When I got into digital comics, I started buying just a bunch of them. Older issues can often go for one or two dollars, and older collections get down fairly low as well. Still, especially if you’re caught up and buying each week as things come out new – it gets expensive fast. We have slowed way down on this direct purchases, turning instead to the library – where you can potentially find some collected editions and lots of indie comics – and to my discovery of Marvel Unlimited.
Marvel Unlimited is an annual subscription that gets you access to a huge backlog of Marvel comics. For new comics, it has the various titles after a six-month break, so if you want newer you have to buy the titles directly, but the six-month point isn’t too long after a combined volume comes out anyway. At some point, Marvel started releasing their comics in both print and digital, and access is pretty stable for their entire line in these recent years. Stretching into their past, I think they early on digitized popular storylines and runs, and since then have been working on the slow job of digitizing everything. That means that every week, more and more comics come available on the service – both whatever comics came out six months ago, and whatever comics they got digitized this week from the backlog.
I’ve used Marvel Unlimited to read whole runs of comics or storylines for our old LitFlix project, so things like Captain America and Guardians of the Galaxy and Fantastic Four. Holly hasn’t used it quite as much, but then she did read the entire mega event of Avengers vs. X-Men. We don’t do a lot of small incidental reading on the app: it tends to be spurts of reading large amounts of comics. In the years we’ve had it, I keep feeling like we get out money’s worth from it (we subscribe at the lower level rather than the full-blown merch-laden level), comparing the comics we’ve read to the amount we would have paid to buy the collected editions or comics individually.
Hmmm, this reminds me I want to read Secret Warriors still…
Anyway, recently I heard and saw and have just generally considered the new competitor: ComiXology Unlimited. ComiXology is an interesting thing. It seems to be the makers of the digital-comics-reading technology that I’ve loved so well, and which has made me pro-digital-comics. It was bought by Amazon. It runs comics from the major publishers, the notable exception being Dark Horse who run their own app. Indeed, it not only includes Marvel, but actually when I’ve logged in recently I’ve found that all my purchases of Marvel comics – made on the Marvel app – are available now in ComiXology.
Looking at the ComiXology site doesn’t necessarily answer questions about ComiXology Unlimited – they seem to be purposefully vague about what you get access to. Their payment model is monthly rather than annual, but the prices for the two services are very similar when looked at annually. So really, if I were to consider a switch, it would be about increasing access to comics overall, since price isn’t the determining factor!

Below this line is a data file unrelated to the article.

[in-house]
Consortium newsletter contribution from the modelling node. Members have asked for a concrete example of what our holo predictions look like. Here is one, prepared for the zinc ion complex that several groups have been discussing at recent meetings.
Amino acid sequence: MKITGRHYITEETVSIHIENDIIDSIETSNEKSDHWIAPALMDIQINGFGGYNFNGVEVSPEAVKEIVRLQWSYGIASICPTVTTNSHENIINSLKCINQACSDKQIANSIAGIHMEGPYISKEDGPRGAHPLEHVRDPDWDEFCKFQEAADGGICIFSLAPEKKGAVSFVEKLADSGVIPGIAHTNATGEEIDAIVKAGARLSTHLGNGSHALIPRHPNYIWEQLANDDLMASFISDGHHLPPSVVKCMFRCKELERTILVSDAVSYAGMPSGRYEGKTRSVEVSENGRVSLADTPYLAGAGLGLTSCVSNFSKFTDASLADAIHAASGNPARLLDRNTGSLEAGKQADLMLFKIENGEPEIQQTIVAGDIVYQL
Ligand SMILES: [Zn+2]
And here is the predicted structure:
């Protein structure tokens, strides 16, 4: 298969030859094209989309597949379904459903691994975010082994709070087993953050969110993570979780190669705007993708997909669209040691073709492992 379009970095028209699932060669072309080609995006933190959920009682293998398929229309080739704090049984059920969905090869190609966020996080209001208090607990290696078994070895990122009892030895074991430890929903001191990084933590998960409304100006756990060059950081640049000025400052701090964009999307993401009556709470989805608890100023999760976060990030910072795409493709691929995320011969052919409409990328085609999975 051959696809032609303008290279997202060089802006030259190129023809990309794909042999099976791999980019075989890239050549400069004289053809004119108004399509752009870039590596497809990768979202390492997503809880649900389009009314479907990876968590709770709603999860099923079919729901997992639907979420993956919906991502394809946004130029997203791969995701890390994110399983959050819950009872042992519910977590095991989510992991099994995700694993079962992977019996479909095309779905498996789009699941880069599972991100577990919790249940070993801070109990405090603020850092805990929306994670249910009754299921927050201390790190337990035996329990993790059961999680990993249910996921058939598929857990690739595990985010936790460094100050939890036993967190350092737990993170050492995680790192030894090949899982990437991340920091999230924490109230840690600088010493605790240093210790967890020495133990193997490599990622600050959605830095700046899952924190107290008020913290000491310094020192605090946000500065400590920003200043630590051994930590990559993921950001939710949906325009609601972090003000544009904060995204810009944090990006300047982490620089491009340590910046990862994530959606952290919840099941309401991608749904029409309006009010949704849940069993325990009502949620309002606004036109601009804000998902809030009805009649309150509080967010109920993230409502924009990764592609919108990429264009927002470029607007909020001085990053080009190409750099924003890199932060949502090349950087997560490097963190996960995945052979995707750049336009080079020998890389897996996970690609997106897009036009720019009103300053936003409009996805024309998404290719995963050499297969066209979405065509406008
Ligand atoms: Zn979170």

So I went looking elsewhere, and so a review like this is interesting – saying it’s not the NetFlix of comics. It kind of is? It sounds like ComiXology Unlimited is more geared towards providing access to early comics in series, so getting you into and interested in titles. This is more similar to what it sounds like the Kindle Unlimited service might be like than what Marvel Unlimited sounds like. Which makes sense from a fellow Amazon company. And that NetFlix connection? It sounds like they are adding and removing titles over time, much of it based on creator/publisher negotiation. Sounds familiar. Searching around, I finally found some comics with the Unlimited banner across the cover image, so they do highlight these titles – but it also showed me how limited this Unlimited service might be!
So while the discovery aspects of ComiXology Unlimited seem interesting, I don’t know that it can compete. For one thing, checking comics out from the library has done a lot for us when it comes to discovery – as has stopping by the (collected editions & graphic novels only) comics store in town. Also, first volumes of comics tend to end up on sale more often and run cheaper than later volumes in digital form, so checking them out by buying them isn’t always onerous – and also would probably be cheaper in the long run than having a subscription to both services!
That difference in backlog is the real problem from my standpoint. For what we’ve used Marvel Unlimited for, ComiXology Unlimited just isn’t a comparable or competing product. Which is too bad, because there’s one big downside with Marvel Unlimited – it runs on a different comics viewer app interface than the normal Marvel App. So while the purchased comics on the Marvel App work just like on ComiXology, in Marvel Unlimited, it’s like a technology trying to replicate that look and feel, but not up to the same level. Sometimes comics don’t fully download, or the recommended next-comic-to-read isn’t as good, or the zoom-in reader options aren’t as solid. You can often tell you’re working with comics that were scanned, and not born digital, as well.
If we have alternatives for discovery, and the backlog can’t compare between the two, and we feel like we get value out of Marvel Unlimited – I guess I would have to say I’m happy with where we’re at with these services! I would really love to see more from ComiXology Unlimited in the future, but they’re not there yet – not for our needs anyway. Maybe finding some new, independent (like IDW or Image or Valiant) or DC (or Marvel!) comics is exactly what you’re looking for, in which case, ComiXology Unlimited (or your local library…) is for you! Or maybe a Marvel backlog is just what you need, to brush up on some Luke Cage or Infinity Gauntlet… well, then you know what to do.
And if you already use any of these services, I’d love to know what you think!